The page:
Microsoft Outlook Express is an e-mail and newsgroup client shipped with
the Microsoft Windows operating system.
Remote exploitation of a buffer overflow vulnerability in the news
reader functionality of Microsoft Corp.'s Outlook Express allows
attackers to execute arbitrary code under the current users privileges.
The vulnerability specifically exists when parsing Network News Transfer
Protocol (NNTP, RFC 977) server responses after issuing a "LIST"
command. A stack-based buffer overflow occurs within a routine in
MSOE.dll, found in "C:Program FilesOutlook ExpressMSOE.DLL." The
addresses and offsets that follow are based on MSOE.DLL version
5.50.4927.1200 as shipped with Microsoft Windows 2000 SP4. When parsing
a server response of the following form:
alt.12hr 0<LONG STRING>000001325 0000001322 yrn
FIELD1 FIELD2 FIELD3 FIELD4 TERMINATOR
Various string parsing loops are used that call the CharNext() and
IsSpace() routines to determine the length of the whitespace delimited
fields. An assembly equivalent StrCpy() is used to copy FIELD2 into a
static (16 byte) stack-based buffer here:
6AED268B mov eax, ebx ; eax = start of FIELD2
6AED268D lea edi, [ebp+buff] ; edi = stack variable
6AED2690 sub eax, esi ; esi = end of FIELD2
6AED2692 mov ecx, eax ; ecx = length of FIELD2
6AED2694 mov edx, ecx ; edx = length of FIELD2
6AED2696 shr ecx, 2
6AED2699 rep movsd ; *** overflow occurs here
6AED269B mov ecx, edx
6AED269D and ecx, 3
6AED26A0 rep movsb ; copy remaining bytes
6AED26A2 and byte ptr [ebp+eax+buff], 0 ; null terminate the string
The copied buffer is later passed to the routine StrToIntA(). The
"rep movsd" instruction located at 0x6AED2699 causes a stack-based
buffer overflow to occur with user-supplied data. An attacker can
overwrite a stack-stored Structured Exception Handler (SEH) to alter
instruction flow and eventually execute arbitrary code.
Outlook Express as shipped with Windows XP SP2 is not affected. The
following excerpt from MSOE.DLL version 6.0.2900.2180 shows that a
check has been added that limits the length of FIELD2 to 14 bytes:
60354A7B mov edi, ebx ; edi = current location
60354A7D sub edi, [ebp+var_11C] ; edi = length of field2
60354A83 cmp edi, 14 ; if length of field2 > 14
60354A86 jbe short loc_60354A8D
60354A88 push 14
60354A8A pop edi ; length of field2 = 14
Furthermore, a StrCpy() or equivalent instruction sequence is not used
to generate a new buffer to pass to the StrToIntA() routine. Instead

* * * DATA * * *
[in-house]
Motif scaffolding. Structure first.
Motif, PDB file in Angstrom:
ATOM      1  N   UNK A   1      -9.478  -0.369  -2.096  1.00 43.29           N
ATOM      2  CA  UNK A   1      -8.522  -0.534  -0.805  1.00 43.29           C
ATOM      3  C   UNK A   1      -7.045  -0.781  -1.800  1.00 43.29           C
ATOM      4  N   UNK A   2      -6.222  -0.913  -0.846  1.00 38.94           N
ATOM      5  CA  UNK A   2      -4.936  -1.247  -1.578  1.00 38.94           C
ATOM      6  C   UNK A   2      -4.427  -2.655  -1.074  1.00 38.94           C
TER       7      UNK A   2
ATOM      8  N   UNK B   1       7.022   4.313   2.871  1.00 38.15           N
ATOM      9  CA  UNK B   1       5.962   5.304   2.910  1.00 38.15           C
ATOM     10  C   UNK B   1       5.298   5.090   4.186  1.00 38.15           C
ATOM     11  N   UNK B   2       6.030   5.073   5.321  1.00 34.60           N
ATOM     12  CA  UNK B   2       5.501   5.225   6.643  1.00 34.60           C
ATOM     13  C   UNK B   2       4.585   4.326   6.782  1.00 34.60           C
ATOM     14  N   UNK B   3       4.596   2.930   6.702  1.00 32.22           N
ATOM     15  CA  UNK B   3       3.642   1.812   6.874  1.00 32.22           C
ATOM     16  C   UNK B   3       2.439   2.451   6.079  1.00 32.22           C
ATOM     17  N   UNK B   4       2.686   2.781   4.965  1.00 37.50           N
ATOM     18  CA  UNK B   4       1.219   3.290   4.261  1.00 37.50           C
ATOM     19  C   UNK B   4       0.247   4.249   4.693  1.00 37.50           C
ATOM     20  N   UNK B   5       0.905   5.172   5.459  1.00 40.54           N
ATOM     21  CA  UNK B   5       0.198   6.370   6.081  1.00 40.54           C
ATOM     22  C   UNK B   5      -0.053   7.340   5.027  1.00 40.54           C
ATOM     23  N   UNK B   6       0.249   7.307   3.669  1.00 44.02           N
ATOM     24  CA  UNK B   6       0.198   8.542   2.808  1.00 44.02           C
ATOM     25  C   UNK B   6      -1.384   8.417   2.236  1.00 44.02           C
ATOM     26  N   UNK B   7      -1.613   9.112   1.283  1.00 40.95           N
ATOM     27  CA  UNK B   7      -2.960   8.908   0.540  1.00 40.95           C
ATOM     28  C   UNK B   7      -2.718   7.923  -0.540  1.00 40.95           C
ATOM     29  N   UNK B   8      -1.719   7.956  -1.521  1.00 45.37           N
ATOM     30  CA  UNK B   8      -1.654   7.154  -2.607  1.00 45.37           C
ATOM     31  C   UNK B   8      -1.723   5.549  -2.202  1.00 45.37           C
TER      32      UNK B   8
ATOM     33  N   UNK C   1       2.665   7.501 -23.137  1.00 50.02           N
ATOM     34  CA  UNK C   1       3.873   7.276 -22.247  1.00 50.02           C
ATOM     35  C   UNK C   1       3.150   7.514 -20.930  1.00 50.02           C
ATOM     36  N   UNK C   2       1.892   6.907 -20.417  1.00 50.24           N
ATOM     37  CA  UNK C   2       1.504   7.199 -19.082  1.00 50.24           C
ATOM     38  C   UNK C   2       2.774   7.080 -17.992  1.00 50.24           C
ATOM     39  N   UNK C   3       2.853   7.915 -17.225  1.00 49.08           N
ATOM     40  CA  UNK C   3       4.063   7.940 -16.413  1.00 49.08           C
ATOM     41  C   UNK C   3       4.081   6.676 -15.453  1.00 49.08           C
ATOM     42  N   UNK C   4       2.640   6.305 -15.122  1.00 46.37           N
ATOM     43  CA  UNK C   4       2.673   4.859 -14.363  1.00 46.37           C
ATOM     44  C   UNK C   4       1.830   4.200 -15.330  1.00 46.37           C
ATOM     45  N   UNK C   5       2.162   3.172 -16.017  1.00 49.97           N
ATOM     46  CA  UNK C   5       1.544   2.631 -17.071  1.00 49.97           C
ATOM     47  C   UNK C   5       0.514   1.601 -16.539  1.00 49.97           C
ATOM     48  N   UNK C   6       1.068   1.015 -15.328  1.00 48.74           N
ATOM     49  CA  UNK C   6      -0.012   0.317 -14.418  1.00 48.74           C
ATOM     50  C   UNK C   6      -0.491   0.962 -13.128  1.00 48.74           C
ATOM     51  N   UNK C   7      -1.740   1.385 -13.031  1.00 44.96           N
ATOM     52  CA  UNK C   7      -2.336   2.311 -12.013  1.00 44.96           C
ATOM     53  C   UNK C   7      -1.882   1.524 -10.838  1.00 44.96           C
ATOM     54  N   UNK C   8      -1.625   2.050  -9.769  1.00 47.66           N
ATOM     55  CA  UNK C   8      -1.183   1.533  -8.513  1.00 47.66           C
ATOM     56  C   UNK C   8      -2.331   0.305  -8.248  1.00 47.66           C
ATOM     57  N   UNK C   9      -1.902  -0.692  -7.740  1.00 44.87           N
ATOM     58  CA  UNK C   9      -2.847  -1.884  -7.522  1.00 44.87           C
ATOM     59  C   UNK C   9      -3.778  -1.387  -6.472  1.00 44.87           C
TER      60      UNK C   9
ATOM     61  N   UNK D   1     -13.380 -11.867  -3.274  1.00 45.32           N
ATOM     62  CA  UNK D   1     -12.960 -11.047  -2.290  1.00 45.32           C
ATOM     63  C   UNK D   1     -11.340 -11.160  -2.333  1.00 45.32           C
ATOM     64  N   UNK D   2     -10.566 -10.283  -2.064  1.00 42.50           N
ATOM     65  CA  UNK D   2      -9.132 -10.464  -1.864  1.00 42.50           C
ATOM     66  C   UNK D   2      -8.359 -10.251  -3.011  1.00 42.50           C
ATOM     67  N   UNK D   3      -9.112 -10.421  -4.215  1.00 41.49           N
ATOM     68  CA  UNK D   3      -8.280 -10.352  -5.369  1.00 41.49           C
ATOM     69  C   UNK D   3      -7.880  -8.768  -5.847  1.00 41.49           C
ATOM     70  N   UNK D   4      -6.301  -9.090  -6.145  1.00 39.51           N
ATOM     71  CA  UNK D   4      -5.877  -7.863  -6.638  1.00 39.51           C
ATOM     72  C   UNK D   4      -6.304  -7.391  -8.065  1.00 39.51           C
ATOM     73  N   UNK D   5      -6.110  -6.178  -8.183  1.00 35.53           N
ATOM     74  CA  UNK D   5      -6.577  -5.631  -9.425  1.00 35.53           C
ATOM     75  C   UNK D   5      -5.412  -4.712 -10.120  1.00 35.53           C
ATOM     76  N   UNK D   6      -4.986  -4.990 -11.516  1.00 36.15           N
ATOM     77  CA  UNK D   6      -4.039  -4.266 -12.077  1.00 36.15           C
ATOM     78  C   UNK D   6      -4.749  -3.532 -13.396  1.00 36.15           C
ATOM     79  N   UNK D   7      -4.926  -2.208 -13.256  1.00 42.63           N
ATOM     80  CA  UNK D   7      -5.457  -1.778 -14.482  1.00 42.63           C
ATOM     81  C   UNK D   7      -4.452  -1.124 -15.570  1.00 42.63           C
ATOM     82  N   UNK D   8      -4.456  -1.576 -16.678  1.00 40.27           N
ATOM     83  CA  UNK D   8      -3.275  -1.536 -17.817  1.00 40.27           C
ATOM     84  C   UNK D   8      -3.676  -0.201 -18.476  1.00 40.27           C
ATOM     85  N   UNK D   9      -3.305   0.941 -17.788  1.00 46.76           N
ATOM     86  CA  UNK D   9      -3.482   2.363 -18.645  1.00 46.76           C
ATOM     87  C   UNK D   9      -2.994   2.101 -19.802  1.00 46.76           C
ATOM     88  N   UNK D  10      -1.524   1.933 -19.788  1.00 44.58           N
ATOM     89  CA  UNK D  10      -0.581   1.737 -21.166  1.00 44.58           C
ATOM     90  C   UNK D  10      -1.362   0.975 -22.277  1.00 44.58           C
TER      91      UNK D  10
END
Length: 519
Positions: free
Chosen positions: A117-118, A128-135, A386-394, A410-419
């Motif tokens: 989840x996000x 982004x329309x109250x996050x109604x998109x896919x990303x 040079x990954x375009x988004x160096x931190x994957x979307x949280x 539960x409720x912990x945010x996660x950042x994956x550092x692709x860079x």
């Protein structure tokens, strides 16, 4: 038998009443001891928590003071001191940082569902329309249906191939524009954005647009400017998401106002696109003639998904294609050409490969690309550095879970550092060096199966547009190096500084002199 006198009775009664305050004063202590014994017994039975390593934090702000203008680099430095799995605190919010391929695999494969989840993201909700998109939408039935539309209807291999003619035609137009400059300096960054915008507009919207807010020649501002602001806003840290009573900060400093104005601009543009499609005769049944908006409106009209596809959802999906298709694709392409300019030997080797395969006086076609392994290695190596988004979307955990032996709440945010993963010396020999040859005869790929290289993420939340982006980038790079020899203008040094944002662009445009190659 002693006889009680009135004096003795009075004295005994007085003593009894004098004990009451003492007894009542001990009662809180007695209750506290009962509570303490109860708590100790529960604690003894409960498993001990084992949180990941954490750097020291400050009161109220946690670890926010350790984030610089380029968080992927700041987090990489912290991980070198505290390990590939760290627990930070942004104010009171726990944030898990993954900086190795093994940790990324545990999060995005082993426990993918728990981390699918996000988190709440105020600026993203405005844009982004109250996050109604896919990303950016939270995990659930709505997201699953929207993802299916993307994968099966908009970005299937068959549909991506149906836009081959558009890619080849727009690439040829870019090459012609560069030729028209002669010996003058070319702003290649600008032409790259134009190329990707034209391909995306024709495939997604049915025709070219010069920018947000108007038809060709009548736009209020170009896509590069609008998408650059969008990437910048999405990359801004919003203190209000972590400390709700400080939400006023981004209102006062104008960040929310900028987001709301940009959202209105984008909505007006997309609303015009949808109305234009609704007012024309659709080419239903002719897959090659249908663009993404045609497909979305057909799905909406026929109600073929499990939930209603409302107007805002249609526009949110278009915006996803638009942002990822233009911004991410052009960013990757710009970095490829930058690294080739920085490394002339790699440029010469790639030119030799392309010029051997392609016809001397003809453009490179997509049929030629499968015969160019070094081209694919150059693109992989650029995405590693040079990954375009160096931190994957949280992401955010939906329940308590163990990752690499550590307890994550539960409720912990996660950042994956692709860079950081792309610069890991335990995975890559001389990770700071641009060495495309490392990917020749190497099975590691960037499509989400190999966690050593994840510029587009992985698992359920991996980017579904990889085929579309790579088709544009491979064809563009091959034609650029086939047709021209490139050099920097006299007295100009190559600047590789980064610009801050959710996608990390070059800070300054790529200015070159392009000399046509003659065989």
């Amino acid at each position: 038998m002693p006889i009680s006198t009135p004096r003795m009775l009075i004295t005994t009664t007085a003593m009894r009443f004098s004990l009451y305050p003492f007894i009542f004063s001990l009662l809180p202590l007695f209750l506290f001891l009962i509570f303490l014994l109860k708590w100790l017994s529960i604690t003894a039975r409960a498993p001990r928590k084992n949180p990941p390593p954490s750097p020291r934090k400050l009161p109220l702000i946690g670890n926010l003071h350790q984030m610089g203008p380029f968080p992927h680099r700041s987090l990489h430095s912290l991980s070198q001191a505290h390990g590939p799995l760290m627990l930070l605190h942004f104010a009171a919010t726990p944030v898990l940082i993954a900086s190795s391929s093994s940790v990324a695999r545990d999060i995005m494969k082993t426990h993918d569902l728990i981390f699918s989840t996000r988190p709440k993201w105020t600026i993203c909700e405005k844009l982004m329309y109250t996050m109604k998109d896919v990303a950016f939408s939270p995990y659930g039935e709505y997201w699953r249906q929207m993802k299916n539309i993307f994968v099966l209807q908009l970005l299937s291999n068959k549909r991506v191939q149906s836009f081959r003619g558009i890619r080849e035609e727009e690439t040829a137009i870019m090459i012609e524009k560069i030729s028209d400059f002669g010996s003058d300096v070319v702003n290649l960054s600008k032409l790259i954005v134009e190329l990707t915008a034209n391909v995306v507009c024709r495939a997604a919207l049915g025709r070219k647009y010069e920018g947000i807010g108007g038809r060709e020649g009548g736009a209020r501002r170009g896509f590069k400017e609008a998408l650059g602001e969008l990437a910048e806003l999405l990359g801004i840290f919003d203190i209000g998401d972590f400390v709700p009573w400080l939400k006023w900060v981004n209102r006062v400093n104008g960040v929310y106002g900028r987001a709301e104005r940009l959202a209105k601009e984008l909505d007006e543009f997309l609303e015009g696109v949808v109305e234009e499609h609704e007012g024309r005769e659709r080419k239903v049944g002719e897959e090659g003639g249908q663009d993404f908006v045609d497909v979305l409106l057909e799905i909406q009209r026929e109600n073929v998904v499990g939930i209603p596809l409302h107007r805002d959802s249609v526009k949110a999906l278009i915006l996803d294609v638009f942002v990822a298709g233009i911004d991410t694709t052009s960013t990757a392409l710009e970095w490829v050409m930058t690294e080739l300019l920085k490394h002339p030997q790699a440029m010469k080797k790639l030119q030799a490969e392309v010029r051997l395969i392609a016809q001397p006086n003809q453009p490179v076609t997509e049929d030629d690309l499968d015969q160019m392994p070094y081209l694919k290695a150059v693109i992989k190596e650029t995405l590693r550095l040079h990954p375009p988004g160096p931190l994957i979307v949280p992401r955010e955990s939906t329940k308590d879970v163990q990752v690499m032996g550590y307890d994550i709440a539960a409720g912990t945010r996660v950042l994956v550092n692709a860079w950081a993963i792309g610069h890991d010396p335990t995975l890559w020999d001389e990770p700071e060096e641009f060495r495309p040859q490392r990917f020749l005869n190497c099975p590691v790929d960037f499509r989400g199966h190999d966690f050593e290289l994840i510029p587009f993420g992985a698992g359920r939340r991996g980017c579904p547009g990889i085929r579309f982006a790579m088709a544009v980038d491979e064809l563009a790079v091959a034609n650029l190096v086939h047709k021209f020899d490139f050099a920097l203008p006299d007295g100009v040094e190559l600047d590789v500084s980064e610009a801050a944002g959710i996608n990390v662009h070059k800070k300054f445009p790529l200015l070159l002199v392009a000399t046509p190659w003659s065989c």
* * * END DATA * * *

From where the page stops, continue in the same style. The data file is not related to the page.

FIELD2 is null terminated in memory and a pointer to the start of FIELD2
is passed to StrToIntA().
Exploitation of the described vulnerability allows remote attackers to
execute arbitrary code under the privileges of the currently logged on
user. An attacker must create a malicious server and either force or
convince a target user to connect to it with Outlook Express. On at
least Windows 2000 and Windows XP systems the default handler for the
"news://" URI is Outlook Express. An attacker can force a target user to
connect to a malicious server through a link such as:
The impact of this vulnerability is mitigated by the fact that when the
target user connects to the malicious server he or she will be presented
with a yes/no dialog box containing the following text:
"You are not subscribed to any newsgroups in this account.
Would you like to view a list of available newsgroups now?"
The user must select "yes" for exploitation to occur.
iDEFENSE has confirmed the existence of this vulnerability in Microsoft
Outlook Express 5 as shipped with Windows 2000 SP4
(MSOE.DLL v5.50.4927.1200) and Outlook Express 6 as shipped with Windows
XP SP1 (MSOE.DLL v6.0.2800.1437). It is suspected that earlier versions
of Outlook Express are also vulnerable.
iDEFENSE has confirmed that Outlook Express 6 as shipped with Windows XP
SP2 (MSOE.DLL v6.0.2900.2180) is not vulnerable.
Disable Outlook Express as the default "news://" URI handler and connect
to untrusted news sources with an unaffected news reader. The URI
handler can be removed by deleting the following registry key:
Alternatively, Windows XP users can install service pack 2.
The vendor security advisory and appropriate patches are available at:
The Common Vulnerabilities and Exposures (CVE) project has assigned the
names CAN-2005-1213 to these issues. This is a candidate for inclusion
in the CVE list (http://cve.mitre.org), which standardizes names for
11/16/2004 Initial vendor notification
11/18/2004 Initial vendor response
06/14/2004 Coordinated public disclosure
An anonymous contributor is credited with discovering this vulnerability.
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Copyright © 2005 Verisign, Inc.
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